Space enthusiasts are still basking in the afterglow of the thrilling landing of NASA’s Perseverance rover on Mars. Following the successful arrivals of the first Emirati and Chinese spacecraft in Martian orbit, last month NASA pulled off a complex and nail-biting string of maneuvers that delivered its largest-ever Mars rover to Jezero Crater, which was filled with water more than three billion years ago.
Now, satellites orbiting Mars are catching glimpses of the rover as it does its thing on the alien surface.
A European-Russian orbiter that arrived at Mars in 2016 captured a captivating snapshot of Perseverance’s new digs from space last week. The ExoMars Trace Gas Orbiter (TGO), a collaboration between the European Space Agency and the Russian space organization Roscosmos, released a space-down view of Jezero Crater on Thursday that pinpoints the location of Perseverance.
In addition to showing where the rover landed, the TGO picture also maps out the final resting place of three components that were discarded during the descent to Mars: a heat shield, back shell, and descent vehicle.
The shot was captured with the TGO’s Colour and Stereo Surface Imaging System (CaSSIS), which has a high resolution of 4.5 meters per pixel.
NASA also released a similar shot of Perseverance and its landing components last week, taken with the High Resolution Imaging Experiment (HiRISE), another high-resolution camera that is onboard its Mars Reconnaissance Orbiter.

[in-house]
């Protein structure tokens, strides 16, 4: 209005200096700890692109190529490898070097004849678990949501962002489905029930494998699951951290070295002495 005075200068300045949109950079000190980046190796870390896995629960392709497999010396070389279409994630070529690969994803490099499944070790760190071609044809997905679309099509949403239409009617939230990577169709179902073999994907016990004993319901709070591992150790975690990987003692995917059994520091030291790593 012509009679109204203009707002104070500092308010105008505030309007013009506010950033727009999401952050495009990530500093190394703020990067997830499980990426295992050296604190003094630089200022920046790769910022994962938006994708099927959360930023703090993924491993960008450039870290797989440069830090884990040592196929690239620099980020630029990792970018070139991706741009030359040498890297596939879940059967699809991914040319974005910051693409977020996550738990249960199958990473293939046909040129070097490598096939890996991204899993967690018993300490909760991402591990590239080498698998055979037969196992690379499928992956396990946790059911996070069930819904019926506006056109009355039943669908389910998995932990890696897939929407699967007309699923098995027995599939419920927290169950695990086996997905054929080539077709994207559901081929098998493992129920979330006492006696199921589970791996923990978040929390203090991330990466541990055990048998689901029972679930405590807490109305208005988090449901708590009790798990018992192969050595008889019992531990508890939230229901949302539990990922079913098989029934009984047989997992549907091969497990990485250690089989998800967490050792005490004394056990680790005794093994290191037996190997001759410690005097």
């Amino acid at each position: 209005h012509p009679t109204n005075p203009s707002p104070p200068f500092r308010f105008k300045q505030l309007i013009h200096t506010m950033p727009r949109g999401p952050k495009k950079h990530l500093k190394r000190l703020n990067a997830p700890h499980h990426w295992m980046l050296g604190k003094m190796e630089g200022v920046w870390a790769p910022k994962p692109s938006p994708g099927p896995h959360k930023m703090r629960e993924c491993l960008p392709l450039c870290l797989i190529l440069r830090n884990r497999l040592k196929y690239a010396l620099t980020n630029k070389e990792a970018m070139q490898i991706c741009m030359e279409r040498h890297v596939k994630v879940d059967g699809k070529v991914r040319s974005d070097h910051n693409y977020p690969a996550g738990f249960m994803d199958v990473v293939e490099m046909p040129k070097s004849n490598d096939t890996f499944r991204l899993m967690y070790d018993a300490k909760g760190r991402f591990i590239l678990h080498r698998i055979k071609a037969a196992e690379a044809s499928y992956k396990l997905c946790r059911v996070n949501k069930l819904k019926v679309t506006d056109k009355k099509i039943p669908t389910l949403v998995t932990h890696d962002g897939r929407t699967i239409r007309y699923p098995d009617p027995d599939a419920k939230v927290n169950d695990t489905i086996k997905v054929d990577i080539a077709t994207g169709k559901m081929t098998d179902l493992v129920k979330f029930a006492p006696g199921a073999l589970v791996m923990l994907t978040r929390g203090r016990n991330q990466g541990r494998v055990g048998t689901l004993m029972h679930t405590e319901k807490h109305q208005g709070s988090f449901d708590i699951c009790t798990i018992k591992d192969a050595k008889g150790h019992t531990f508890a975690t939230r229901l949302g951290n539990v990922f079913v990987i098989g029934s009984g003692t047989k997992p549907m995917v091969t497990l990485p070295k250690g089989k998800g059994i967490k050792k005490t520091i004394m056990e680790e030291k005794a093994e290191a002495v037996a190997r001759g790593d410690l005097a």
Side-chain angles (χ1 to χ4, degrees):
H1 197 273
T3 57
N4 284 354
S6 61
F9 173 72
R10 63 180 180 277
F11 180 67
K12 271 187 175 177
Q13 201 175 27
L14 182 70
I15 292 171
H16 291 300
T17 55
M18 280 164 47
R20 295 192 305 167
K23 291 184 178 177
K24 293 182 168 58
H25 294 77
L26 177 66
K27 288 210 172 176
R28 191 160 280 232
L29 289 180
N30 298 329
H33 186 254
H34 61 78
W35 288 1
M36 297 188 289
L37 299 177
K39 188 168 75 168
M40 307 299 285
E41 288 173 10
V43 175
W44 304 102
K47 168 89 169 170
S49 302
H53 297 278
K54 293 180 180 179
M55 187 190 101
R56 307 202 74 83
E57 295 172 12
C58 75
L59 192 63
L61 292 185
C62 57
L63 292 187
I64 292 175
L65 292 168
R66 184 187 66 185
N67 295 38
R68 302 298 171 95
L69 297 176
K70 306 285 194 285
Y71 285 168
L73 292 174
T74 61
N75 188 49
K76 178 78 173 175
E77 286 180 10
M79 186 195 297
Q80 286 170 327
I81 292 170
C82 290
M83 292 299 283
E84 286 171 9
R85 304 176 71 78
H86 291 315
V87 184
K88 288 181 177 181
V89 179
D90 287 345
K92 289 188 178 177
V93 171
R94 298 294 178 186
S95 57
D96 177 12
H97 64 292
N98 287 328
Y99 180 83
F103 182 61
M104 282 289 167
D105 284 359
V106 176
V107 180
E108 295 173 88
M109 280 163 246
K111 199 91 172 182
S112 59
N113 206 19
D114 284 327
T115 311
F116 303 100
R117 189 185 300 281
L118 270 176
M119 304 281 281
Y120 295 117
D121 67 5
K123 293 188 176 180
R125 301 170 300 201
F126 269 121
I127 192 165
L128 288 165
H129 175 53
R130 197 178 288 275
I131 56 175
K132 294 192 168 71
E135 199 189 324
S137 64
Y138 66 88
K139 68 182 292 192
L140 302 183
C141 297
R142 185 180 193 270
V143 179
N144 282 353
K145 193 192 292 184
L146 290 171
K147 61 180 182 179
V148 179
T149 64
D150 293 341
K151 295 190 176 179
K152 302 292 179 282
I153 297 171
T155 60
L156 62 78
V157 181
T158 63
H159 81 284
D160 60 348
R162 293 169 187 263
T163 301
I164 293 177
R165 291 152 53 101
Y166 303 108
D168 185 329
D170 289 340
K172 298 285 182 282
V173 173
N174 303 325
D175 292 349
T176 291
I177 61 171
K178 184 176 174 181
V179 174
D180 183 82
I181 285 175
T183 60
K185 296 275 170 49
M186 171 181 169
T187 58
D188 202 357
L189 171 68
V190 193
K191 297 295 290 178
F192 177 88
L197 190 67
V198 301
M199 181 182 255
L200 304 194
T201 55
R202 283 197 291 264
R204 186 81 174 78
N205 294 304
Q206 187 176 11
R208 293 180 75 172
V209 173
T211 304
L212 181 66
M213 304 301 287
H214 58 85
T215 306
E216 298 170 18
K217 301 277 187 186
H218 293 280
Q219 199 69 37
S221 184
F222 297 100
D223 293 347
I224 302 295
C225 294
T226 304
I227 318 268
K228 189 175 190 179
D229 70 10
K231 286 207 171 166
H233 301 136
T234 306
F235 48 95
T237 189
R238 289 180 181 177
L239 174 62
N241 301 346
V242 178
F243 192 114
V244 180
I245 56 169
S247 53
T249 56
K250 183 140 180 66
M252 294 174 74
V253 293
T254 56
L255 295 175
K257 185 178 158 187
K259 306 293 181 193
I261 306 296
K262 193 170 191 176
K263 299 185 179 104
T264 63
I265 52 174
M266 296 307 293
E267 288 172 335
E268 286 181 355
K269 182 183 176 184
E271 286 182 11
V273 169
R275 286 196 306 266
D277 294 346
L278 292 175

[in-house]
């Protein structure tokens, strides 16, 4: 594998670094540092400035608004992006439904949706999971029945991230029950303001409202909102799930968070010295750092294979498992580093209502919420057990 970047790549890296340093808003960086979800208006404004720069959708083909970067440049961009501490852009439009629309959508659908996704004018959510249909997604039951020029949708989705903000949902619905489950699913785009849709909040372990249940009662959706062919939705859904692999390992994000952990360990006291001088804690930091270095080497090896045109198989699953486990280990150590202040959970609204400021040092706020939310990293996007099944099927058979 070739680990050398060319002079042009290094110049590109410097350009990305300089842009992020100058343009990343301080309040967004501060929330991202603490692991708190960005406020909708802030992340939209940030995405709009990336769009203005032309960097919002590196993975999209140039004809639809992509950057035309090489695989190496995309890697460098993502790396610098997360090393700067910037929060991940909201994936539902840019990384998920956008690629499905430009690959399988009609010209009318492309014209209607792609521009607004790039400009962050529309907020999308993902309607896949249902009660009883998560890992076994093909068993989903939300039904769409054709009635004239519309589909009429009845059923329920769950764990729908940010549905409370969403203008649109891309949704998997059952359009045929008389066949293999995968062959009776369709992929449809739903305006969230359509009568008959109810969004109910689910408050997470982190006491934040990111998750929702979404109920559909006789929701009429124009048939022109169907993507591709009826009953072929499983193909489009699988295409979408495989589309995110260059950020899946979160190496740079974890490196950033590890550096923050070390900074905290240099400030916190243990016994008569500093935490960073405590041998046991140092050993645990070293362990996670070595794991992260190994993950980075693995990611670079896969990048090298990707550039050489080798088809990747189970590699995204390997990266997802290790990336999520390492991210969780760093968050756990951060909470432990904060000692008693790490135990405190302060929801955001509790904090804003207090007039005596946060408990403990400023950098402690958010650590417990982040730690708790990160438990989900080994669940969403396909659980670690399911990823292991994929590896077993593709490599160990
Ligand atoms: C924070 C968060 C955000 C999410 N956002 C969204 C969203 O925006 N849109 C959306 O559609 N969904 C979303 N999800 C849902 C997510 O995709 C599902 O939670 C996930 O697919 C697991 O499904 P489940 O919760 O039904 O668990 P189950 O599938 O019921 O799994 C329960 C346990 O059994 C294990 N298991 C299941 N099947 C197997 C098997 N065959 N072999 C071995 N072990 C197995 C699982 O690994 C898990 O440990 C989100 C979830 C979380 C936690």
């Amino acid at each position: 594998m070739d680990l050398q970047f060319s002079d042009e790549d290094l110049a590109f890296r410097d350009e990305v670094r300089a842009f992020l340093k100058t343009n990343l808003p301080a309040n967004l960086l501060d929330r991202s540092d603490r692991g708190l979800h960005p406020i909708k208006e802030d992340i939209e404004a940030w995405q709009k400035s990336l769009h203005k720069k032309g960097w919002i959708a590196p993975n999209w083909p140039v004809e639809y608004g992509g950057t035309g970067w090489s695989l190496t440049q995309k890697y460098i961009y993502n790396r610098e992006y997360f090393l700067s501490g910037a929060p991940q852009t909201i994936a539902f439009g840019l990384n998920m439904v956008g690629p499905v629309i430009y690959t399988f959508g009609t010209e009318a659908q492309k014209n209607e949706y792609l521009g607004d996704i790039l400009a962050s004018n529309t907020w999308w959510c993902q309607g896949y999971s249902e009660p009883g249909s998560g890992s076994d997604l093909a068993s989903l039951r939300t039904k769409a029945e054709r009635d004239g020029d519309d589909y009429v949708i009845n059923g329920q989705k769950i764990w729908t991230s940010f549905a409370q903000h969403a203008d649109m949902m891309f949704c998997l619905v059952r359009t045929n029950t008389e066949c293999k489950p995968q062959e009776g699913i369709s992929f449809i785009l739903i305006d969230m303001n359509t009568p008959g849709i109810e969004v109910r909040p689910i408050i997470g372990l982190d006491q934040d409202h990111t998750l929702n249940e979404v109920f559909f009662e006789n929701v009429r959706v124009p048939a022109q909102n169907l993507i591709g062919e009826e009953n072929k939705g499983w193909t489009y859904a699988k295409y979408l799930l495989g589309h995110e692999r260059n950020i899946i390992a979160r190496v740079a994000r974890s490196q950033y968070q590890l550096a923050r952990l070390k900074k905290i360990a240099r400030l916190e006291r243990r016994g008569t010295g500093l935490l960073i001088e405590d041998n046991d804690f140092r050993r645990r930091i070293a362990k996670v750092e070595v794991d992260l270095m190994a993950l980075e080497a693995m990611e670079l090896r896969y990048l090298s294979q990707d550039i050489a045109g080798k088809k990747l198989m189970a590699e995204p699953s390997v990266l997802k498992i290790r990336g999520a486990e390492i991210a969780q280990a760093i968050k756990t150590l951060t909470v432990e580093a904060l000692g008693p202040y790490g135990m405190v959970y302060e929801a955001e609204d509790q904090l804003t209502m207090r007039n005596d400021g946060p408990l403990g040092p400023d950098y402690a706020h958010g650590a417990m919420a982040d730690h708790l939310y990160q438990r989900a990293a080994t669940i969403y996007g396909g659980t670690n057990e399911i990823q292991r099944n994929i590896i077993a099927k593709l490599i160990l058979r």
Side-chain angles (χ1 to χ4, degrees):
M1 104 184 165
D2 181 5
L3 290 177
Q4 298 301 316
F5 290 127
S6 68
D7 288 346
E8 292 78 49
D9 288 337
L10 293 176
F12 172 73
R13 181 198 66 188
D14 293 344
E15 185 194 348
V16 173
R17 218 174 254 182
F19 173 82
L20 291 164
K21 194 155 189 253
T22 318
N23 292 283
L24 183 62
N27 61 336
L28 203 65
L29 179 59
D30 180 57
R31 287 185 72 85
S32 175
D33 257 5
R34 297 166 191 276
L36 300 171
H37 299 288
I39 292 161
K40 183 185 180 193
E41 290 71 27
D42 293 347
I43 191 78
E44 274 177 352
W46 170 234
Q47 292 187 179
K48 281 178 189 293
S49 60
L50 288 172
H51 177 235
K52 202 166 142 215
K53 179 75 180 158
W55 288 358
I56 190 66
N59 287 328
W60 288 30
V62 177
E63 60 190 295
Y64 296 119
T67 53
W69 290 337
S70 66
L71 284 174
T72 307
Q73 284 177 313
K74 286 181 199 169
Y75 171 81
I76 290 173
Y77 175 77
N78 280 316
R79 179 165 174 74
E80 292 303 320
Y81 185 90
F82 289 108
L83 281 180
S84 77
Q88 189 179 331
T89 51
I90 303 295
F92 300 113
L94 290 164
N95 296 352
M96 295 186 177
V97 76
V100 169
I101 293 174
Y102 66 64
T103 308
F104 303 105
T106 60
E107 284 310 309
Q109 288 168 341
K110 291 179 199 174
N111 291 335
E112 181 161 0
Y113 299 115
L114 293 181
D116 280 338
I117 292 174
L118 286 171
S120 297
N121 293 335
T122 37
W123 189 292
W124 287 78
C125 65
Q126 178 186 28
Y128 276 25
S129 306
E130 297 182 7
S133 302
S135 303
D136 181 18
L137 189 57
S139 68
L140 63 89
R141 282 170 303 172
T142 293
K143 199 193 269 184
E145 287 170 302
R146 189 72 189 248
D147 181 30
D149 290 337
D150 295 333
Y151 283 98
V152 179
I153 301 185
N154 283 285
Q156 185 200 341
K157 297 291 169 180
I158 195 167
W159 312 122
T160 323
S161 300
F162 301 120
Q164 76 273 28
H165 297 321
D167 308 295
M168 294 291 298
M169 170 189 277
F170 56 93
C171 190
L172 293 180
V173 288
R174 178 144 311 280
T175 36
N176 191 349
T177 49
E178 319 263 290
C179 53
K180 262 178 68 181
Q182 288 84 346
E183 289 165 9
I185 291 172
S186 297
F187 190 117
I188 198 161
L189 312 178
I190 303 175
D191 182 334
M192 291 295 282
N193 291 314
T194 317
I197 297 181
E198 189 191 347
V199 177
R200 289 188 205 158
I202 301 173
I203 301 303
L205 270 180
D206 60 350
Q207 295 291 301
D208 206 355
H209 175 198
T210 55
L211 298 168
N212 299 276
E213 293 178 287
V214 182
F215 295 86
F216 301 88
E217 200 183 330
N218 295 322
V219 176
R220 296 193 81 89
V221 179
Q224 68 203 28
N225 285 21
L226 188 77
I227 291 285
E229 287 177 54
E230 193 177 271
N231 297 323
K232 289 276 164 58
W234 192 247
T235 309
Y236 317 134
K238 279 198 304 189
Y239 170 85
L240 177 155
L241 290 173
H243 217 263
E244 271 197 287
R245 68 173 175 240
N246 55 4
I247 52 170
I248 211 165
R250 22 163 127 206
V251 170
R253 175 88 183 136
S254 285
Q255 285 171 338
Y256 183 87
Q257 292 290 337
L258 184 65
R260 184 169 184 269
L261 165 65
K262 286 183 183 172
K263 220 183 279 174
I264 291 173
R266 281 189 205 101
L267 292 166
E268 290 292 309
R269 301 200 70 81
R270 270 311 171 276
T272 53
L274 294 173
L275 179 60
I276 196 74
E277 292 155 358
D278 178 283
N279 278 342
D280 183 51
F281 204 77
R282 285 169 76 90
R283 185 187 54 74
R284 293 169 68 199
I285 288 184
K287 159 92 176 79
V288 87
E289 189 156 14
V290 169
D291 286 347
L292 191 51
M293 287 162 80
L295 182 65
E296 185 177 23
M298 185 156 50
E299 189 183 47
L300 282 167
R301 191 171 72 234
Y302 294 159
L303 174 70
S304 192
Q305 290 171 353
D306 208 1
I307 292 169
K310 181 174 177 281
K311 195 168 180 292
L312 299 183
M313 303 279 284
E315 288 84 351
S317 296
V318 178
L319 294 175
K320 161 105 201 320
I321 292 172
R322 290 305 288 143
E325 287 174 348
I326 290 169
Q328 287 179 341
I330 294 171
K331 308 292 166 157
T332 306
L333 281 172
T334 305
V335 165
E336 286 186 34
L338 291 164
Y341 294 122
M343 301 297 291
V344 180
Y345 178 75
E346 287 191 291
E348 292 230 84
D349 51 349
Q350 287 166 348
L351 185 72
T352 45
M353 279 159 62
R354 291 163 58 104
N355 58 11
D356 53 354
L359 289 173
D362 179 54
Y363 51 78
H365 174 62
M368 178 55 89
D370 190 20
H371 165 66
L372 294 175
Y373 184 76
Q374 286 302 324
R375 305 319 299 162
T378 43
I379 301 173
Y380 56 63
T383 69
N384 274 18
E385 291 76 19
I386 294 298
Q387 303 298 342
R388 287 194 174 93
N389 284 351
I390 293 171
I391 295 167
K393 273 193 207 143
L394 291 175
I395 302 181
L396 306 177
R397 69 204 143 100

If you’d prefer to see Perseverance’s own surface view of its new home, check out this interactive 360-degree panorama of its landing site.
The TGO initially arrived in Martian orbit five years ago as the first iteration of the European-Russian ExoMars mission series. It carried a lander called Schiaparelli, which unfortunately crashed on the surface of Mars in October 2016 due to a software glitch, underscoring the immense difficulty of Martian surface missions.
In June 2023, the ExoMars team plans to attempt this challenging feat again by landing its first rover on Mars, a vehicle named after British chemist Rosalind Franklin, which will be delivered by a Russian lander named Kazachok, or “Little Cossack.”
China’s Tianwen-1 mission, which entered Martian orbit in February, also carries a rover that the nation will try to land on Mars in May. If China successfully sticks this landing, it will become only the second nation ever to operate a surface mission on Mars.
So while NASA robots currently dominate the surface of Mars—the agency has nailed nine out of ten of its attempted landings—the Martian terrain may soon host a more international mix of explorers.